A Contrarian Take on the Six-Party Talks

On Christmas Eve, the Wall Street Journal‘s Opinion Journal ran a short stocking stuffer of an op-ed by literary contrarian B. R. Myers, who wrote his dissertation on North Korean literature (reviewed here).

No country today is as misunderstood as North Korea. Journalists still refer to it as a Stalinist or communist state, when in fact it espouses a race-based nationalism such as the West last confronted during the Pacific War. Pyongyang’s propaganda touts the moral superiority of the Korean race, condemns South Korea for allowing miscegenation, and stresses the need to defend the Dear Leader with kyeolsa, or dare-to-die spirit–the Korean version of the Japanese kamikaze slogan kesshi [決死]. The six-party talks are therefore less likely to replicate the successes of Cold War détente than the negotiating failures of the 1930s. According to early reports from Beijing, the North Korean delegation appears more confident than ever. It has clearly been emboldened not only by its accession to the nuclear club, but by the awareness that Seoul will continue providing food and financial support no matter what happens….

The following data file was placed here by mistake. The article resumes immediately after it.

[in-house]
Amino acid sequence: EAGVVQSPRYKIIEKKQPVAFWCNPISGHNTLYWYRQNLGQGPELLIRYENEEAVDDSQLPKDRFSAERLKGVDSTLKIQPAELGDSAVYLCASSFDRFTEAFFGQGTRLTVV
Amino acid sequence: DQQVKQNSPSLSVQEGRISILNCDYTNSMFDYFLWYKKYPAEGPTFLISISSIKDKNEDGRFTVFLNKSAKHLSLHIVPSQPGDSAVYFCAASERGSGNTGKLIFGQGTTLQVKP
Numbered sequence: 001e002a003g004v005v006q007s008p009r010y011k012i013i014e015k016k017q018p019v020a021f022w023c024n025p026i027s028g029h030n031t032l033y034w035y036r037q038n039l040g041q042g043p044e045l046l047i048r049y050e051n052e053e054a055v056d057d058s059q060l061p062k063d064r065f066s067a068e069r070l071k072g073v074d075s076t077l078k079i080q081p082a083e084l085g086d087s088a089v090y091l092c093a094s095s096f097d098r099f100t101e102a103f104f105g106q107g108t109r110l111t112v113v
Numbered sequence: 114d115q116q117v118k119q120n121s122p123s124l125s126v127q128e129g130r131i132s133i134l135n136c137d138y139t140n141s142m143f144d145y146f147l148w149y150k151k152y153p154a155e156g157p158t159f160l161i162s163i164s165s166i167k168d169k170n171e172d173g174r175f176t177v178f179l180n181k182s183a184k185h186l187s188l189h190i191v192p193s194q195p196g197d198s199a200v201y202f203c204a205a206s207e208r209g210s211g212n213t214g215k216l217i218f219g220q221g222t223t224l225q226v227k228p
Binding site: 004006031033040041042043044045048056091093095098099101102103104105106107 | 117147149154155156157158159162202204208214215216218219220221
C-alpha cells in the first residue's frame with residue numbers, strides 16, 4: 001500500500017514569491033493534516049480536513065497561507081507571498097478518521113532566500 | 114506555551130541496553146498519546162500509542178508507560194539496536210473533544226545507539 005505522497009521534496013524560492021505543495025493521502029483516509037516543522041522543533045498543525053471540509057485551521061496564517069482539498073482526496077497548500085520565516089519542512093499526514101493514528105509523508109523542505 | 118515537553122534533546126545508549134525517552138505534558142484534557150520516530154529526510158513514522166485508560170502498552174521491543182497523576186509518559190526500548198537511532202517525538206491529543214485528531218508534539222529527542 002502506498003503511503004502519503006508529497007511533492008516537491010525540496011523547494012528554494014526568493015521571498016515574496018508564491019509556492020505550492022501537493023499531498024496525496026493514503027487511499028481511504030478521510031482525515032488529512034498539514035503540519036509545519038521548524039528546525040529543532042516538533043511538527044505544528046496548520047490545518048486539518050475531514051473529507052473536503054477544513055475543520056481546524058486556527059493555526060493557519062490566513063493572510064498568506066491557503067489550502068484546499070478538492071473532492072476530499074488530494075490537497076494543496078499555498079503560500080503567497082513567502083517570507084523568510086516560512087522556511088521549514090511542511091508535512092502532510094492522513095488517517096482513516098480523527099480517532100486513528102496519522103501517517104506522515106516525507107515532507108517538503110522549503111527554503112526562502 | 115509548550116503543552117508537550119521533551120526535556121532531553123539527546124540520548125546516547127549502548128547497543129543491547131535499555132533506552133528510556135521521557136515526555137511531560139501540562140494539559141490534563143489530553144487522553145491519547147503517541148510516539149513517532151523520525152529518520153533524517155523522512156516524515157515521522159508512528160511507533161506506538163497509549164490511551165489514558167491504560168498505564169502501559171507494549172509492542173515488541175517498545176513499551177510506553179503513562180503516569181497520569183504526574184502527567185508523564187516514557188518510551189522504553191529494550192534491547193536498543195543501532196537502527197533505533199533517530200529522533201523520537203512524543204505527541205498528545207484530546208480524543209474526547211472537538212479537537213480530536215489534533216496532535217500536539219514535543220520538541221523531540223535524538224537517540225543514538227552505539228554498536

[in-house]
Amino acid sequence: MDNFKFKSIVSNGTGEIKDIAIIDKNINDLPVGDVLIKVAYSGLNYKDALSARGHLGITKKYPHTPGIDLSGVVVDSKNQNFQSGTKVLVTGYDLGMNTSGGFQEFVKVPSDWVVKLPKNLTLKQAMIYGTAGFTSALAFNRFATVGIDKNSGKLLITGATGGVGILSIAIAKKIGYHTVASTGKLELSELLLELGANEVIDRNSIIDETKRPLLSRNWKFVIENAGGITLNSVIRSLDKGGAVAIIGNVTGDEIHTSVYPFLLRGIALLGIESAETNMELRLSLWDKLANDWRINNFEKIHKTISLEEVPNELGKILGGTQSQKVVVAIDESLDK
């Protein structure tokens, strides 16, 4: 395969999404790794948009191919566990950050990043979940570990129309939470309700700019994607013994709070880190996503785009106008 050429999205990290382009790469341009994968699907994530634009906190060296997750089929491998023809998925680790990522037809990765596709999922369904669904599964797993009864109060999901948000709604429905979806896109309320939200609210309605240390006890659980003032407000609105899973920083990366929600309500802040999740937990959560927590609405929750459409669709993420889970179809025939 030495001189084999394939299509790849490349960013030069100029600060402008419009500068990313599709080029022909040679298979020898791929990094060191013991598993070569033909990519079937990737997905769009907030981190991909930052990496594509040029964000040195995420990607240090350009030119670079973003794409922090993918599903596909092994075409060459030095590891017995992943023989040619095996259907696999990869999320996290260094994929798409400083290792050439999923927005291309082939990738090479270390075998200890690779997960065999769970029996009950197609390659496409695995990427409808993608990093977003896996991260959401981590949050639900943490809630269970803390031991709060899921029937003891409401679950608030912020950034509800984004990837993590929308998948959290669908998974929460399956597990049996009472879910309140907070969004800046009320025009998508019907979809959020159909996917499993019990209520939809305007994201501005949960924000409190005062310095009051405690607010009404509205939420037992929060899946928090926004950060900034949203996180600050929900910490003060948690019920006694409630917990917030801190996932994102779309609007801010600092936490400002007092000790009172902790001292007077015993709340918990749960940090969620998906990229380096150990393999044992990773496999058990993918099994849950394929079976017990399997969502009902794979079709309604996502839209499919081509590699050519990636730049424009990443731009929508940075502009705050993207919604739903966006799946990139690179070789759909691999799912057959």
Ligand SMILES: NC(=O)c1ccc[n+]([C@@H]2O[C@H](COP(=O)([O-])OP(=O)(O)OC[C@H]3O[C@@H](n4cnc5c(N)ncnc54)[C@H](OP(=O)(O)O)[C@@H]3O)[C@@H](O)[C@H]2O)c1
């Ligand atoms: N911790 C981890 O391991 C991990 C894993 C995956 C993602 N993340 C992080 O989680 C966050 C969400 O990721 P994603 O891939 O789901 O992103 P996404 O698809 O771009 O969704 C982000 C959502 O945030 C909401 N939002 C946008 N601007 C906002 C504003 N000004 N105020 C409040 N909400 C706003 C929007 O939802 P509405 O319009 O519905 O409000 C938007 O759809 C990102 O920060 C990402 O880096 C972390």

The ideological landscape of the peninsula defeats the reasoning that led to the six-party talks in the first place. North Korea is not a communist country with ideological and sentimental reasons to listen to China and Russia; it is a virulently nationalist state that distrusts all the other parties at the table. And though the rhetoric of a “concerted front” against North Korea has proved to be just that, it has sufficed to heighten South Korea’s sense of solidarity with the North. This will continue to mean plenty of aid money for Kim Jong Il with which to build weapons. The U.S. has urged Beijing to bring more pressure to bear on the North. But if America can do nothing with its own ally, it can hardly expect the Chinese to do more with theirs.

via The Marmot’s Hole

UPDATE: B. R. Myers responds to comments over at The Marmot’s Hole.

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Filed under China, Japan, Korea, nationalism, Russia, U.S.

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